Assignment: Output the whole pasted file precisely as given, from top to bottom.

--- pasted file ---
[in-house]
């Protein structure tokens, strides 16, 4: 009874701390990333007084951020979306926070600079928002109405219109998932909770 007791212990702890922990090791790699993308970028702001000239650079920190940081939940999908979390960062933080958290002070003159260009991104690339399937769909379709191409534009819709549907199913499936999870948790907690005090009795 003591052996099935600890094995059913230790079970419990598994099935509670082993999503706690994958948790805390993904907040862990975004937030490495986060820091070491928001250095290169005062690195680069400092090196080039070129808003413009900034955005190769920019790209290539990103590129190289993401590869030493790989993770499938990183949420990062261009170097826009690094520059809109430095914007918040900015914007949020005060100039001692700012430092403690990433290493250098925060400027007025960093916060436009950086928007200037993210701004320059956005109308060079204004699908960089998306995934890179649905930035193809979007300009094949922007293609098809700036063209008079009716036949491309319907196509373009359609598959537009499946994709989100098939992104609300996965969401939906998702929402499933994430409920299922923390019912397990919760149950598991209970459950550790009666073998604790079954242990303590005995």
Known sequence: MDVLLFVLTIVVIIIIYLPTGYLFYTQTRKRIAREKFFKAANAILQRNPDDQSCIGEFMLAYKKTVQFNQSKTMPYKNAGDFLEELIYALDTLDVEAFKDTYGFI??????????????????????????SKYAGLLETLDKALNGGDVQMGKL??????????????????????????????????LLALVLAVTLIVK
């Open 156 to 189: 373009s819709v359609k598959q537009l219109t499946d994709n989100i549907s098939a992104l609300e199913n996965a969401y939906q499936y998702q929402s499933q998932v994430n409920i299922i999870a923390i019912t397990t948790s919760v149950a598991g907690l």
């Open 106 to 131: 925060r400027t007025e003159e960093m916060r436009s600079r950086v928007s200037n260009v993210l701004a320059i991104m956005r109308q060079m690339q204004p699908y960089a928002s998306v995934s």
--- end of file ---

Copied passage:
[in-house]
């Protein structure tokens, strides 16, 4: 009874701390990333007084951020979306926070600079928002109405219109998932909770 007791212990702890922990090791790699993308970028702001000239650079920190940081939940999908979390960062933080958290002070003159260009991104690339399937769909379709191409534009819709549907199913499936999870948790907690005090009795 003591052996099935600890094995059913230790079970419990598994099935509670082993999503706690994958948790805390993904907040862990975004937030490495986060820091070491928001250095290169005062690195680069400092090196080039070129808003413009900034955005190769920019790209290539990103590129190289993401590869030493790989993770499938990183949420990062261009170097826009690094520059809109430095914007918040900015914007949020005060100039001692700012430092403690990433290493250098925060400027007025960093916060436009950086928007200037993210701004320059956005109308060079204004699908960089998306995934890179649905930035193809979007300009094949922007293609098809700036063209008079009716036949491309319907196509373009359609598959537009499946994709989100098939992104609300996965969401939906998702929402499933994430409920299922923390019912397990919760149950598991209970459950550790009666073998604790079954242990303590005995």
Known sequence: MDVLLFVLTIVVIIIIYLPTGYLFYTQTRKRIAREKFFKAANAILQRNPDDQSCIGEFMLAYKKTVQFNQSKTMPYKNAGDFLEELIYALDTLDVEAFKDTYGFI??????????????????????????SKYAGLLETLDKALNGGDVQMGKL??????????????????????????????????LLALVLAVTLIVK
């Open 156 to 189: 373009s819709v359609k598959q537009l219109t499946d994709n989100i549907s098939a992104l609300e199913n996965a969401y939906q499936y998702q929402s499933q998932v994430n409920i299922i999870a923390i019912t397990t948790s919760v149950a598991g907690l």
């Open 106 to 131: 925060r400027t007025e003159e960093m916060r436009s600079r950086v928007s200037n260009v993210l701004a320059i991104m956005r109308q060079m690339q204004p699908y960089a928002s998306v995934s």